Wednesday, May 6, 2009

Baggy Pants And Other Trends

I admit, the last decade of men's fashion has been a good one. And by fashion, I mean the popular trends and styles. The slim-fitting clothing, the rise of suits, cardigans, "trad" and prep styles have been consistent with my personal sense of style.

I have had no major objections to fashion, then, for the last while.

But fashion, being a fickle thing, will change, and I'd like to take a moment to lament the inevitable end to the embrace of clothes that fit and flatter.

I think the return of baggy pants is the best example of why fashion is so harmful to dressing well. The goal of dressing should be to flatter one's natural form. There are certain ways to do this that are universal, same from person to person. Pants, for example, that are too long look bad on every man, regardless of his appearance and form. Likewise, pants that are baggy look bad on everyone -- there is not a single person they flatter.

There is no reason to wear baggy pants other than conforming to a current trend. This is, of course, what happened for a while before the slim-cut look became popular. Designers are returning to this look for no good reason other than a vague need people have for change every once in a while. And designers, of course, need to change the fashion so they can sell more clothes -- why would people continue buying slim fitting suits once they had a certain amount if they were always in fashion?

Call it conservative, but I think it's common sense to say that change for change's sake is a bad thing. Change is especially bad when it's a change for the worse.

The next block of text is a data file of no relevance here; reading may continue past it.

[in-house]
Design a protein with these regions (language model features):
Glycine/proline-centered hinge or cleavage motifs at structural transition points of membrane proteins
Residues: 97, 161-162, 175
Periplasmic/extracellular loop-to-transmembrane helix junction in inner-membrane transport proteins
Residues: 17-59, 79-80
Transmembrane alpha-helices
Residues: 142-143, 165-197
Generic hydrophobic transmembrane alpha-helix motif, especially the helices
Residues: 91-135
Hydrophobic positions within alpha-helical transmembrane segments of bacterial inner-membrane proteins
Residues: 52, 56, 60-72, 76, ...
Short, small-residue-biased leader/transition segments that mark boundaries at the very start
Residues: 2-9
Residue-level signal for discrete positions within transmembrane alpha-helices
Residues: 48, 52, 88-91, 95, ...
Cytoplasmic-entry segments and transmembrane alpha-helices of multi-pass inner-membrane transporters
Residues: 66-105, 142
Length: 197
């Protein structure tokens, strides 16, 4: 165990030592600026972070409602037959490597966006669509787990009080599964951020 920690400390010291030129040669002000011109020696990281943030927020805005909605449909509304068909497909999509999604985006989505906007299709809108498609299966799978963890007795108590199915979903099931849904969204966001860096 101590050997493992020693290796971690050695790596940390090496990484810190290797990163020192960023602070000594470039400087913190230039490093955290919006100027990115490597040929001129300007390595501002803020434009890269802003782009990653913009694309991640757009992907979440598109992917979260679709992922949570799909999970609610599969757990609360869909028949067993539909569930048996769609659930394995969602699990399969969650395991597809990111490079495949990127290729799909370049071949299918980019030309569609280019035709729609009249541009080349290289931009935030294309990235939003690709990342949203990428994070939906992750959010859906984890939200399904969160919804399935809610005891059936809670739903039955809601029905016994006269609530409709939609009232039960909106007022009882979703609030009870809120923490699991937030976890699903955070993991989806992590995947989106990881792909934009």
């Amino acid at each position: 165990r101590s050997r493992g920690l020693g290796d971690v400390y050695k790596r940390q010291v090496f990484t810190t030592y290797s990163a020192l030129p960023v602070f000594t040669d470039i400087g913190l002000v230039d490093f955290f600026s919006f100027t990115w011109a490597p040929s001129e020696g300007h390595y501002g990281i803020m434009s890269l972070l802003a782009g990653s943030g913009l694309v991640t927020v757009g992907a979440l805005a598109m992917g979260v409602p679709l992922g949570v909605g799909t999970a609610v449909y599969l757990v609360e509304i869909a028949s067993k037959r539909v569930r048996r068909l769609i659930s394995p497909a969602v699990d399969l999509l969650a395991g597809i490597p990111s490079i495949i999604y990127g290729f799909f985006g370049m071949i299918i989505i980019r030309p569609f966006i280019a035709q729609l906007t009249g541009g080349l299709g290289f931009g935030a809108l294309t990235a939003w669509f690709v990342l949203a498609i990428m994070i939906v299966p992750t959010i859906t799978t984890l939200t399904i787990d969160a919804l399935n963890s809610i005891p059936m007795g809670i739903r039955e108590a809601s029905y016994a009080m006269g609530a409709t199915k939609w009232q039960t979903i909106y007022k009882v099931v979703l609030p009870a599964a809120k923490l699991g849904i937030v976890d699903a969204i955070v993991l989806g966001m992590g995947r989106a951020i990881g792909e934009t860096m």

It may seem that the decline of well-fitting pants that look objectively good (in that their cut flatters the wearer) and the rise of their baggy counterparts (which do nothing but detract from the male form) is unimportant. It is, in itself, not imporant, but I think it tells us something about the restless and flitting nature of people. It is this nature -- the need for change when change isn't warranted -- that is really the force behind fashion, not any actual progress in men's wear. In order to keep up with it, one must be constantly buying new items and watching everyone else to see what they should wear.

Style, however, is not about everyone else. It is rather an individualistic pursuit, the art of covering one's natural form in such a way that actually flatters it. In this sense, fashion renders dress useless as a means of self-expression and certainly cannot be considered an art. It is conformity in the name of change without justification.

And that's why I'll always bear hostility for baggy pants.


  1. Those are all excellent reasons for disliking baggy pants. I have another.

    As I understand it, the baggy pants trend started in jail. When people are held in jails, they are (were?) deprived of their belts and shoelaces. The lack of a belt makes the pants fall down, and led to the "pants not covering the rear end" look that goes along with (some) baggy pants styles. Rappers and other "musicians" adopted the jailhouse look of baggy pants, which then spread out to the society at large.

    So, one reason I don't like baggy pants is that the look started with criminals, and, to my mind, baggy pants glorify and legitimize criminals and criminality.

  2. Horatio--

    That's an excellent point. Perhaps orange tracksuits will be the next big thing?